The package proposal was rejected by both Bosnian-Serb and most Bosnian-Croat and Bosniak leaders, and the meetings ended without any results. Three former high representatives Wolfgang Petritsch, Paddy Ashdown and Christian Schwarz-Schilling also criticised the proposal in a joint statement, particularly for excluding the High Representative from the process. However, Steinberg and Bildt said negotiations would continue at a technical level until the November meeting of the PIC. Meanwhile, Republika Srpska’s prime minister reportedly invited all Bosnian political leaders to a meeting in Banja Luka on 30 October to discuss constitutional reform without interference of international mediators. Most of the leaders reportedly rejected the invitation.

On 15 October, Bosnia and Herzegovina was elected member of the Council for a two-year term beginning in 2010. It had been endorsed by the Eastern European group and ran unopposed.

Human Rights-Related Developments
Bosnia and Herzegovina’s human rights record will come under scrutiny in the Human Rights Council on 17 February 2010 under the Universal Periodic Review process. In the lead-up, human rights defenders are pressing the government on several fronts. These include improving the justice system to increase the rate of prosecutions for war crimes, increasing support for internally displaced people, making eligibility for election to the House of Peoples and the Presidency open to all communities, and ensuring the freedom of association for gay people.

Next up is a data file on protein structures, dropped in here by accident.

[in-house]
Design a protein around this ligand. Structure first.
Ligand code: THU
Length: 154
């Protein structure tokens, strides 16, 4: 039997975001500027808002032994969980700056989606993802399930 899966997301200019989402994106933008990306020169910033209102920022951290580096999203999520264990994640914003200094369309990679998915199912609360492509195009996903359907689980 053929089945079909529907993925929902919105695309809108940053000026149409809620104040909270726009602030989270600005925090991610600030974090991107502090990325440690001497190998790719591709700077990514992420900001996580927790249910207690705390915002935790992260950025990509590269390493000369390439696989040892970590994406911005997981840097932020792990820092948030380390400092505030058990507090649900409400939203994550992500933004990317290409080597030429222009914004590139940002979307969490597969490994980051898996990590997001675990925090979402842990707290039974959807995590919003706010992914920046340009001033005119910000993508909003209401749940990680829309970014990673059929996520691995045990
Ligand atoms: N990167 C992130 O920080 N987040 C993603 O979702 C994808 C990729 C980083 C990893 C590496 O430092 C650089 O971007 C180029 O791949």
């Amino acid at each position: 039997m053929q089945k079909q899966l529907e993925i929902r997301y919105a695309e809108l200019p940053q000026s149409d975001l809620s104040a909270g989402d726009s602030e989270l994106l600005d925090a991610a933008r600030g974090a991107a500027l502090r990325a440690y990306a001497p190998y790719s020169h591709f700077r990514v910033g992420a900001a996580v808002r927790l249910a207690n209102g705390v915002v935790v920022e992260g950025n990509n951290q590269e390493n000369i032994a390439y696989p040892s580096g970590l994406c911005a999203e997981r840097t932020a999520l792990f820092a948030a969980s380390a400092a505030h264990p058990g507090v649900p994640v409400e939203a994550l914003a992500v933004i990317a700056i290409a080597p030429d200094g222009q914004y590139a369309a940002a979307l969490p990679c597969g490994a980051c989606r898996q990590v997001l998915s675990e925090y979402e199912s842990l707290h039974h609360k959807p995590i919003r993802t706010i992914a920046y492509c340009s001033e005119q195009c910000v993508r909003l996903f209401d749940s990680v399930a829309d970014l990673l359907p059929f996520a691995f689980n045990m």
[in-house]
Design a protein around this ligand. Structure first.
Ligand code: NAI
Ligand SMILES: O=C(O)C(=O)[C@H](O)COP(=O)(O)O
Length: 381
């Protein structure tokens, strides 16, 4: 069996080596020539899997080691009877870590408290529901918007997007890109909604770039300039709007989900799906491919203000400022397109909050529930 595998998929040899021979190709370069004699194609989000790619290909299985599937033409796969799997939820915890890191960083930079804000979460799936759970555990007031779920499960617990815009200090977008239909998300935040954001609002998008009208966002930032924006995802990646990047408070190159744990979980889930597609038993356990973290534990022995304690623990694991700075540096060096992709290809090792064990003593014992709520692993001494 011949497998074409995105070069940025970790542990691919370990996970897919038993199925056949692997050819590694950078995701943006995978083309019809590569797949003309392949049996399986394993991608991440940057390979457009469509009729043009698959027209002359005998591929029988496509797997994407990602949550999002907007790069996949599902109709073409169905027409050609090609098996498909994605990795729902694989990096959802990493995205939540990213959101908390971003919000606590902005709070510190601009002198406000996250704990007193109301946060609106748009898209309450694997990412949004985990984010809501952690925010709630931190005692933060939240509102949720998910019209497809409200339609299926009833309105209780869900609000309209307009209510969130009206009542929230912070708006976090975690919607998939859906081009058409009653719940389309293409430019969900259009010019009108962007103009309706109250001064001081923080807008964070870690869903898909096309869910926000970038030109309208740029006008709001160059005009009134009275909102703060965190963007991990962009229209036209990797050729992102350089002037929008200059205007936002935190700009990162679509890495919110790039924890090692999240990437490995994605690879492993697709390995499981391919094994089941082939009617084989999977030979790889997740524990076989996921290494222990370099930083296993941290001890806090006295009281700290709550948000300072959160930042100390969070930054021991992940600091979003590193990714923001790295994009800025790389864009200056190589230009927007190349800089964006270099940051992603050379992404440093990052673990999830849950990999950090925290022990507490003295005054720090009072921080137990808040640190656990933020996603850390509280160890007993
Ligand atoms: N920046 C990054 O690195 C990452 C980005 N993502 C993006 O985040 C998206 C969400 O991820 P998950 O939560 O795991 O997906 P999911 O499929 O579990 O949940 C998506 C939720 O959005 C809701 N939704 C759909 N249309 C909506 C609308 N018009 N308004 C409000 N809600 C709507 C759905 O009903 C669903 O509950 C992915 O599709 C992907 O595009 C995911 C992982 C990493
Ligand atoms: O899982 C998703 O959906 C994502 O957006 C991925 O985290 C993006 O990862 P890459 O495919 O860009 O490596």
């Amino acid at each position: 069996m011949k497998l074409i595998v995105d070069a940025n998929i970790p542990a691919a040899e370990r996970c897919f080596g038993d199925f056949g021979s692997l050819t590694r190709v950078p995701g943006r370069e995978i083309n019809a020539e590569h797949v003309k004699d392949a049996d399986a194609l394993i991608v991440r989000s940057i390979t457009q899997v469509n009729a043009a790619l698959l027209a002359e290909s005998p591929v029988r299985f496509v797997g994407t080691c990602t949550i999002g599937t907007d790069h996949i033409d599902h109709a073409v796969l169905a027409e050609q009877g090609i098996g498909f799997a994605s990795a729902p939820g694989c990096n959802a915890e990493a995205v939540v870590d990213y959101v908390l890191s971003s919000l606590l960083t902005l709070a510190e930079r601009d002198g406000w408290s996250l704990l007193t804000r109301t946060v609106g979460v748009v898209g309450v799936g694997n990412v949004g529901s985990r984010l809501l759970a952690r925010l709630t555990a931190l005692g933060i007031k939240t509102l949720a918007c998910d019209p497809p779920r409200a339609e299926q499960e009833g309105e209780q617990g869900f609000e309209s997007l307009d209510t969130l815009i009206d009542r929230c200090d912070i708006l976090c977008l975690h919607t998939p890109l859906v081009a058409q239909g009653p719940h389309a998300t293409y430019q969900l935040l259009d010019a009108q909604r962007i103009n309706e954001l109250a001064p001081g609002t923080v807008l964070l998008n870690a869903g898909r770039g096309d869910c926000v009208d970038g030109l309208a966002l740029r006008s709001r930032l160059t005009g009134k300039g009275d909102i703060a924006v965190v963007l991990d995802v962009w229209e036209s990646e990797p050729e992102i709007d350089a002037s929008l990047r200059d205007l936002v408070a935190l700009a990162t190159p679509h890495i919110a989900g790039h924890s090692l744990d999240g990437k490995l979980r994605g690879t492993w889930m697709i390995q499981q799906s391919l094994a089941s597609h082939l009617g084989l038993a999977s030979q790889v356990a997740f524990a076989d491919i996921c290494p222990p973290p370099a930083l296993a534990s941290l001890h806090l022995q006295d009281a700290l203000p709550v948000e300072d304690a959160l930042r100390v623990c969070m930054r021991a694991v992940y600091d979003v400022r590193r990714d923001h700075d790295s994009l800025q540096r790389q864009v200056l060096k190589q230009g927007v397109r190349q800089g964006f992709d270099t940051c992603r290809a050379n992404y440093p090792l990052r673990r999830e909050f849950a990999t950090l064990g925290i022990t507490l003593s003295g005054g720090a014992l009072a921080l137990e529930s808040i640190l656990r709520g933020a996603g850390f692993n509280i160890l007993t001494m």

Key Issues
A key issue for the Council is that the authorities in Bosnia and Herzegovina are yet to fulfil the two unmet PIC objectives and meet the requirements for the PIC Steering Board to be able to give a positive assessment of the situation. A related key concern is that this impacts on the projected closure of the OHR.

A second issue is the failure of all recent initiatives for constitutional reform that could lead to better functioning of Bosnian state structures. The new US/EU initiative seems to have met a similar fate and appears unlikely to produce any results before the PIC November meeting.

The divisive political climate is also an issue. There seems to be increasing concern that the situation is deteriorating and that Republika Srpska might attempt to secede, a possibility which its prime minister has raised with increasing frequency.

Options